More than 700,000 Americans are afflicted with Type 1 diabetes. Type 1 diabetes (scientific name: insulin-dependent diabetes mellitus or IDDM; colloquial name: juvenile diabetes) typically begins before age 40. The peak age of diagnosis in the U.S. is approximately 14.
Researchers from the Children's Hospital and the Howard Hughes Medical Institute, and the Dana-Farber Cancer Institute, using an Advanced Photon Source (APS) beamline managed by the BiosCARS Collaborative Access Team, have discovered important clues that promise to further research into the prevention of IDDM.
IDDM is a chronic condition in which the pancreas makes little or no insulin because the beta cells have been destroyed due to an autoimmune disorder. The pancreatic islet cells that produce insulin are mistakenly seen by the body as an "enemy." The body then creates antibodies (or antigens) to fight the "foreign" tissue. These antigens destroy the islet cells' insulin-producing capacity and the resulting lack of insulin brings on diabetes. IDDM usually presents abruptly, although the damage to the beta cells may begin well before the disease manifests.
Prevention of IDDM requires a thorough understanding of what biological anomolies trigger the autoimmune response against pancreatic islet cells. In order to gain that understanding, the structures and binding mechanisms of protein molecules that produce the antigens must bedetermined. Research has shown that IDDM sufferers carry certain genes coded for cell-surface proteins important in the production of islet cell antigens. These are the class II Major Histocompatibility Complex (MHCII) glycoproteins HLA-DQ8 and HLA-DQ2 in humans and I-Ag7 in non-obese diabetic mice (NOD). In IDDM, autoimmune destruction of pancreatic islets is preceded by the appearance of autoantibodies and autoreactive T cells to a number of islet antigens, including insulin and glutamic acid decarboxylase. The relationship of these autoimmune reactions to the initiation and progression of the disease is still unclear.
X-ray crystallography techniques applied at APS beamline 14-BM-C have determined the three-dimensional structure of DQ8 complexed with an immunodominant peptide (a class of molecules that hydrolyze into amino acids and form the basic building blocks of proteins) from insulin. They have analyzed the size and composition of the peptide binding pockets of DQ8 relative to I-Ag7 and to models constructed of DQ2 and MHCII molecules associated with either IDDM low-risk (DQ7) or dominant protection (DQ6). A marked similarity of the DQ8, DQ2, and I-Ag7 peptide binding pockets suggests that diabetes is caused by the same autoaggressive antigen-presentation event(s) in man and mouse. This discovery provides evidence that the NOD mouse is a good model for the human disease, and can be used as a test subject for research into prevention of IDDM. Correlating IDDM epidemiology and MHCII sequences with the DQ8 structure suggests that other structural features evident from these data contribute to a susceptibility to Type I diabetes.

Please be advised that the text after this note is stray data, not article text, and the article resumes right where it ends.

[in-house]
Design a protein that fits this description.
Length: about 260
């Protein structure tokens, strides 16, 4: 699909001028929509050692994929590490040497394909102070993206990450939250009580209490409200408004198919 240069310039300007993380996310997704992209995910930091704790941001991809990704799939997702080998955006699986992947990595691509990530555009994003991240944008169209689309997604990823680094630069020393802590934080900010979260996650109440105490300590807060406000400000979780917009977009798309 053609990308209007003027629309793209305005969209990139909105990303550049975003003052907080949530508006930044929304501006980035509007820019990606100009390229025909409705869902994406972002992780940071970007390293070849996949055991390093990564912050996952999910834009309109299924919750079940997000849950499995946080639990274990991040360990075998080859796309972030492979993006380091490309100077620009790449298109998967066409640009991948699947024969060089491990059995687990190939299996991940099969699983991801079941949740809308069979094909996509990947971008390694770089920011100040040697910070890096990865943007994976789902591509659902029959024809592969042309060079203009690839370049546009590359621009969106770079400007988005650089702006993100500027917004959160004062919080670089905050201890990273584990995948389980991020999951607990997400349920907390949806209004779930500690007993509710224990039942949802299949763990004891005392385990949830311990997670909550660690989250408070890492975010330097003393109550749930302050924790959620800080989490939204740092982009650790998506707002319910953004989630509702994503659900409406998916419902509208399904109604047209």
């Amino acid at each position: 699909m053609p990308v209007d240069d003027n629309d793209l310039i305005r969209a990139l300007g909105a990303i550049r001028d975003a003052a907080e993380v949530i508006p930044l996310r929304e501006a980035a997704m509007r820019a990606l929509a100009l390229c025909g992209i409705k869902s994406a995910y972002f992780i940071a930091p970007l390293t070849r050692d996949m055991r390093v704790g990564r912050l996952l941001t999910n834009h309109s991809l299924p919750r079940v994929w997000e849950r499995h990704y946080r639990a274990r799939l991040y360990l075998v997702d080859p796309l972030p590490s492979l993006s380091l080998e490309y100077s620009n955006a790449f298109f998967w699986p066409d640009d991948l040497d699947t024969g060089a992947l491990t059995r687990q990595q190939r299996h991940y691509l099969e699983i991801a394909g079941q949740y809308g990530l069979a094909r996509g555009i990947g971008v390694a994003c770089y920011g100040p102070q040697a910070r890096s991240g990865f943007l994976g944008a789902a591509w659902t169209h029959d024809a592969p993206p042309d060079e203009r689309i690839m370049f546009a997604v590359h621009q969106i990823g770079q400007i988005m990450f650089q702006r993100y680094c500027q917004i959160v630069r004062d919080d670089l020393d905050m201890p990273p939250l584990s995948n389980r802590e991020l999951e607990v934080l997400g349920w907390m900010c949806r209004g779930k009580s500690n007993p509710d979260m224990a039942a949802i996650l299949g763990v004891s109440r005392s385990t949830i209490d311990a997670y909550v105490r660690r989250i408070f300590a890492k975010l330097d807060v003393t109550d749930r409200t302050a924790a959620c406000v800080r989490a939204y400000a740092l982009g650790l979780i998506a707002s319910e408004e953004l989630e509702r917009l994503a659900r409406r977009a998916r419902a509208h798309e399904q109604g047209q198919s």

K. H. Lee,* K. W. Wucherpfennig,Ý & D. C. Wiley*ý
* Laboratory of Molecular Medicine, The Department of Medicine, The Children's Hospital and the ýHoward Hughes Medical Institute, 320 Longwood Avenue, Boston, MA
Ý Department of Cancer Immunology and AIDS, Dana-Farber Cancer Institute, 44 Binney Street, Boston, MA
Submitted to Nature Immunology
1a. The surface of DQ8 with InsulinB (9-23) bound (yellow), viewed as seen by a T cell. Peptide sidechains P1-Glu, P4-Tyr, and P9-Glu are buried in deep pockets, while P6-Val and P7-Cys lie on shelf-like surfaces. The P4 pocket of DQ8 is non-polar (white), while the P9 pocket is positively charged (blue). (Red surfaces are electrostatically negative.)
1b. DQ8 P9 pocket with the InsulinB peptide P9-Glu (green) hydrogen bonded to Arg-76[alpha] and with Ala-57[beta] replacing the common Asp-57[beta]. View is from the C-terminal end of the bound peptide (right end of Fig 1a). DQ8 differs from I-Ag7 at [beta]-chain residues 55-57, Pro-Pro-Ala (DQ8) which are Arg-His-Ser in I-Ag7 (Fig. 1d). The [beta]-chain helix residues 55-57 are to the left of Fig 1b-d. Hydrogen bonds are dashed red lines.
1c. DR1 P9 pocket with Asp-57[beta] hydrogen bonded to Arg-76[alpha] and the hemagglutinin peptide P9-Leu (blue) in the electrostatically neutral pocket.
1d. I-Ag7 P9 pocket with Ser-57[beta] and the GAD65(207-220) peptide P9-Glu (purple) hydrogen bonded to Arg-76a and Ser-57b. The b-chain a-helix (56-57) in DQ8 is positioned closer to the Glu-P9 side chain and Arg-76a (Fig. 1b) than in I-Ag7 (Fig 1d). There is not enough space in the structure of DQ8 to replace Ala-57b with the larger sidechain of a Ser as in I-Ag7.